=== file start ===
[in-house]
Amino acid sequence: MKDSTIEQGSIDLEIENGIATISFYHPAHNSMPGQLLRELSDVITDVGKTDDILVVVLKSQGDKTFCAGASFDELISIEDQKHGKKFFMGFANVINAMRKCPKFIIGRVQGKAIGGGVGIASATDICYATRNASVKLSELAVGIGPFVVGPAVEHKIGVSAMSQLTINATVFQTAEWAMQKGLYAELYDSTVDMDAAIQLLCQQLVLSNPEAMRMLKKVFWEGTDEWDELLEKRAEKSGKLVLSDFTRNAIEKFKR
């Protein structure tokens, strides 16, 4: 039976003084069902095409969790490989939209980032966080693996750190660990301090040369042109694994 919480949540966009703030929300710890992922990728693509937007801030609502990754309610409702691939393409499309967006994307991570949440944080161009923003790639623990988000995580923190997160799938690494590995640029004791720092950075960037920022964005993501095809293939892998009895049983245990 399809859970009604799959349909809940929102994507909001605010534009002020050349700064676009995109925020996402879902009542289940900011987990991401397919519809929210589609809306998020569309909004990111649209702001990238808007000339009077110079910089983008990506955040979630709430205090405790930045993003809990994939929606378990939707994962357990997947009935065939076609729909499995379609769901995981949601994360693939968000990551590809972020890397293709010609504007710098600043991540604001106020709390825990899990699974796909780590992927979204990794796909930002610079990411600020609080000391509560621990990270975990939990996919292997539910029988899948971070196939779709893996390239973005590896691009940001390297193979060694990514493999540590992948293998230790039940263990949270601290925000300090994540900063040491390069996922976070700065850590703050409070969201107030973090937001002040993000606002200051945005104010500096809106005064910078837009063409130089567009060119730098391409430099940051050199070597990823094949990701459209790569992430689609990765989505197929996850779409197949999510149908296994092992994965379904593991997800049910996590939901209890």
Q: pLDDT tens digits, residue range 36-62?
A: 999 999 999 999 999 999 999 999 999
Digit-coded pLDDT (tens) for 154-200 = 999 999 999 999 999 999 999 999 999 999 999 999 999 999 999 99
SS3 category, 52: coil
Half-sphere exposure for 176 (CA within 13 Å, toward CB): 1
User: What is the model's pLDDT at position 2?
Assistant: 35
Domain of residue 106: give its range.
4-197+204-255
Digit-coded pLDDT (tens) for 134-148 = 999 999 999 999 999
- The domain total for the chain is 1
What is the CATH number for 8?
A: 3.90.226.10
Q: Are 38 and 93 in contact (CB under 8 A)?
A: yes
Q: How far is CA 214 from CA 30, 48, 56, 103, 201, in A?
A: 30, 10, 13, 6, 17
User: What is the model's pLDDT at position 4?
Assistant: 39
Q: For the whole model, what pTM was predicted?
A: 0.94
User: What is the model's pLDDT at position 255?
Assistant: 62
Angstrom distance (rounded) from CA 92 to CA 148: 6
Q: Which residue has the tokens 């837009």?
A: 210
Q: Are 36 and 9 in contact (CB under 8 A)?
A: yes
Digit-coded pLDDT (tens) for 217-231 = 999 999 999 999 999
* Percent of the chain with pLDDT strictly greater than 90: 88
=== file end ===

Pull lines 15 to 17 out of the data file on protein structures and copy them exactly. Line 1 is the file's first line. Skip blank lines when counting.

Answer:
What is the CATH number for 8?
A: 3.90.226.10
Q: Are 38 and 93 in contact (CB under 8 A)?